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News & Events

Amendments to the Prohibition on the Purchase of Residential Property by Non-Canadians Act

Apr 04, 2023

By Estee Nemetz and Corinne Doroszkiewicz (Student-at-Law) – Commercial Real Estate Group – Minden Gross LLP


Estee Nemetz NacsonOn March 27, 2023, the Canadian government introduced new amendments[1] (the “Amendments”) to the Prohibition on the Purchase of Residential Property by Non-Canadians Act[2] (the “Act”) and its regulations (the “Regulations”). The Amendments clarify several aspects of the Act and seek to rectify its unintended broad implications in order to better align with the Canadian government’s ultimate goal for greater opportunities for home ownership and to address housing supply issues.

The Amendments

Vacant land zoned for residential or mixed-use no longer considered “residential property” under the Act

The Amendments repeal subsection 3(2) of the Regulations,[3] which stated that land which does not contain any habitable dwelling, is zoned for residential or mixed use and located in a census agglomeration or census metropolitan area was not permitted to be purchased by a non-Canadian. As a result of the Amendments, non-Canadians may now purchase land containing no dwelling units, even if the land is zoned residential or mixed-use.

A new exception to the acquisition of property by non-Canadians for development

One of the most notable changes to the Act is the amendment to Subsection 4(2) of the Regulations[4], which introduces an exception that will allow non-Canadians to acquire residential property for the purposes of development. Effectively, this allows for ordinary course acquisition of development sites/proposed development sites and for purchasing residential properties for land assemblies.

While neither the Act nor Amendments define what constitutes a development for the purposes of this exception, the Canadian Mortgage and Housing Corporation (the “CMHC”) provides some guidance[5] on the interpretation of development within the context of this new exception. According to the CMHC, development encompasses the process of evaluating, planning, and undertaking of alterations or improvements (with or without a change in use) to a residential property or the land on which the residential property is located, including the redevelopment of an existing building.

According to the CMHC, undertaking repairs and renovations to an existing residential property (such as expanding an existing dwelling unit or re-demising interior space) would likely not rise to the level of a development within the meaning of the Regulations.

Control threshold increased from 3% to 10%

The Amendments have changed the threshold of “control” from direct or indirect ownership representing 3% or more of equity value or voting rights to 10%.

Scope of protections extended to Canadian publicly-traded REITs and limited partnerships

Prior to the Amendments, the definition of non-Canadian under the Act had the potential to capture Canadian real estate investment trusts (“REITs”) and other non-corporations (such as limited partnerships) listed on Canadian stock exchanges. Section 2(b) of the Regulations[6] has been amended to broaden the scope of protections to any entity formed under Canadian law and publicly traded on a Canadian stock exchange.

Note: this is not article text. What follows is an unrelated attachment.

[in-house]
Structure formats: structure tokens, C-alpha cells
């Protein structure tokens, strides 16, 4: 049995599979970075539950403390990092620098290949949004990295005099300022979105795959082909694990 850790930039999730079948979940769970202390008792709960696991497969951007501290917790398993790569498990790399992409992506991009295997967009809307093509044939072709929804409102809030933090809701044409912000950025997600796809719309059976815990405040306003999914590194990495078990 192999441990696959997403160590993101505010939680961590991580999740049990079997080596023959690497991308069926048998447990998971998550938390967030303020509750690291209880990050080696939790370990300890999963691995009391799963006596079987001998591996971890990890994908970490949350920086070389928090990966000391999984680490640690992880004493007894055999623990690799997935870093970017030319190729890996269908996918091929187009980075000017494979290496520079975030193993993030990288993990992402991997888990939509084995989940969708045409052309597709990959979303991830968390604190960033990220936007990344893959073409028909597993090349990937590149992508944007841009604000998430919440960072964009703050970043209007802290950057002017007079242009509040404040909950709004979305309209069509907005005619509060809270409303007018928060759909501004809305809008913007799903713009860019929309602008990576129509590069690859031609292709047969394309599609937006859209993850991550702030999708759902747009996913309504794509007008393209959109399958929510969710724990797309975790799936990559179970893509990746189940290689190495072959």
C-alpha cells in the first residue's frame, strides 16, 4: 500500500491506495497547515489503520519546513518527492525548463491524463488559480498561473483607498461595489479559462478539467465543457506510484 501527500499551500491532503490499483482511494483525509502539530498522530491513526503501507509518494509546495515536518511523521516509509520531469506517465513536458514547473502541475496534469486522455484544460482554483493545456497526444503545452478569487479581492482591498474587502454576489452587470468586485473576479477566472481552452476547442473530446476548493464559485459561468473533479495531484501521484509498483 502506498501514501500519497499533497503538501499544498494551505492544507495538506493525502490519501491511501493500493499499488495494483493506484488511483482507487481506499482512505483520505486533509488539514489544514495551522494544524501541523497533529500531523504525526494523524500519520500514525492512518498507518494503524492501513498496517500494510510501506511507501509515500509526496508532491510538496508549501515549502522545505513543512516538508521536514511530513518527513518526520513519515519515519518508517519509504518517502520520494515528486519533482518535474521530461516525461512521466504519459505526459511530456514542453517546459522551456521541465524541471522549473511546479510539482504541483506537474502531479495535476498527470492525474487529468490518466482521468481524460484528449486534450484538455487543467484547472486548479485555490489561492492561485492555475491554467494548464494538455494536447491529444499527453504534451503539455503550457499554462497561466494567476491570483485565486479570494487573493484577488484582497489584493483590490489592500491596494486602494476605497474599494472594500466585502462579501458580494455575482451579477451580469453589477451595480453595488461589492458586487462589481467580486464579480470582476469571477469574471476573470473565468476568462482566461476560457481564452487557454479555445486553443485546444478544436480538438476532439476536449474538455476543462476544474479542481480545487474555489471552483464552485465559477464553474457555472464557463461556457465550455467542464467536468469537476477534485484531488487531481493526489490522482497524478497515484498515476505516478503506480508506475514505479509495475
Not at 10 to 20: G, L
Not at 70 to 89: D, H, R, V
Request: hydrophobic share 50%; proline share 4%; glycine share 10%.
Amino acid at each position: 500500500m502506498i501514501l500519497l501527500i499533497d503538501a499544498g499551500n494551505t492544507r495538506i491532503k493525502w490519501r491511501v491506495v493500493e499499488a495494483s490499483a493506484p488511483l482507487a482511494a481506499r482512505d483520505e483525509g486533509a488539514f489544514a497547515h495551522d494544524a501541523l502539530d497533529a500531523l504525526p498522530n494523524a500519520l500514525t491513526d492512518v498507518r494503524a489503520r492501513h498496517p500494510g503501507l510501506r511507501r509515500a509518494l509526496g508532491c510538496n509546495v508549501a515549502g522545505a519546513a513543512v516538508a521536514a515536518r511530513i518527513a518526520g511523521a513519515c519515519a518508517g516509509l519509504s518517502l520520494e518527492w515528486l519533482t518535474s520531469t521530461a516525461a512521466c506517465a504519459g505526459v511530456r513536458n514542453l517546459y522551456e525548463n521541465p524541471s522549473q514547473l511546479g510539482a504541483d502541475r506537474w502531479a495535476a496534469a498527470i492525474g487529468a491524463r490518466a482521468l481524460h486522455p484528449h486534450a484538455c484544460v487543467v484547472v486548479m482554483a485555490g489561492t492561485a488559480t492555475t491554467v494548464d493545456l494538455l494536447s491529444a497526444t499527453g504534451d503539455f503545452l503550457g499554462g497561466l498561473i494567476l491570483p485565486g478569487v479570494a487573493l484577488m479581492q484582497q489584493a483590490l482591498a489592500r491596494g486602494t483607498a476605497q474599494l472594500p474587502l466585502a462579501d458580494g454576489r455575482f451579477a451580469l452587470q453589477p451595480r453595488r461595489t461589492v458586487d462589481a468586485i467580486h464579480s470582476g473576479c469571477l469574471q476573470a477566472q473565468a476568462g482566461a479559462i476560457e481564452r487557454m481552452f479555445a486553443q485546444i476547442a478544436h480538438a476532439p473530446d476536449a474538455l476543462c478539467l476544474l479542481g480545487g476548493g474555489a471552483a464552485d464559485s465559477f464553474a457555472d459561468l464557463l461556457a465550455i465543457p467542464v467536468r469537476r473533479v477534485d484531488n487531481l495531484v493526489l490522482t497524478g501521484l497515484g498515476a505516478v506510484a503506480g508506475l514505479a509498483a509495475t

Special provisions for temporary residents

Subsection 5(b) of the Regulations[7] has been amended to exempt a temporary resident within the meaning of the Immigration and Refugee Protection Act from the prohibitions under the Act if they have 183 days or more of validity remaining on their work permit on the date of purchase and if they have not purchased more than one residential property.

Prior to the Amendments, temporary residents must have worked in Canada for a minimum of three years in the four years preceding the year in which the residential property purchase was made and filed income tax returns for a minimum of three years to be eligible for the exemption under the Act. This change will further support individuals and allow families to set down roots and pursue home ownership in Canada.

Going forward

The Amendments further define the legal parameters surrounding the Act and provide much-needed clarity on the application and scope of the Act. However, non-Canadian purchasers and investors should continue to proceed with caution to ensure they are in compliance with the Act.

If you have any questions or would like to obtain legal advice on how these Amendments may impact you or your business, please contact any lawyer in our Real Estate Group.

This article is intended to provide general information only and not legal advice. This information should not be acted upon without prior consultation with legal advisors.


[1] Regulations Amending the Prohibition on the Purchase of Residential Property by Non-Canadians Regulations,

[2] Prohibition on the Purchase of Residential Property by Non-Canadians Act, SC 2022, c 10, s 235.

[3] Prohibition on the Purchase of Residential Property by Non-Canadians Regulations, SOR/2022-250, ss 3(2).

[4] Supra, note 3, ss 4(2).

[5] Canadian Mortgage Housing Corporation, “Prohibition on the Purchase of Residential Property by non-Canadians Act-Frequently Asked Questions” (3 March 2023), online: CMHC < >.

[6] Supra, note 3, s 2(b).

[7] Supra, note 3, s 2(b).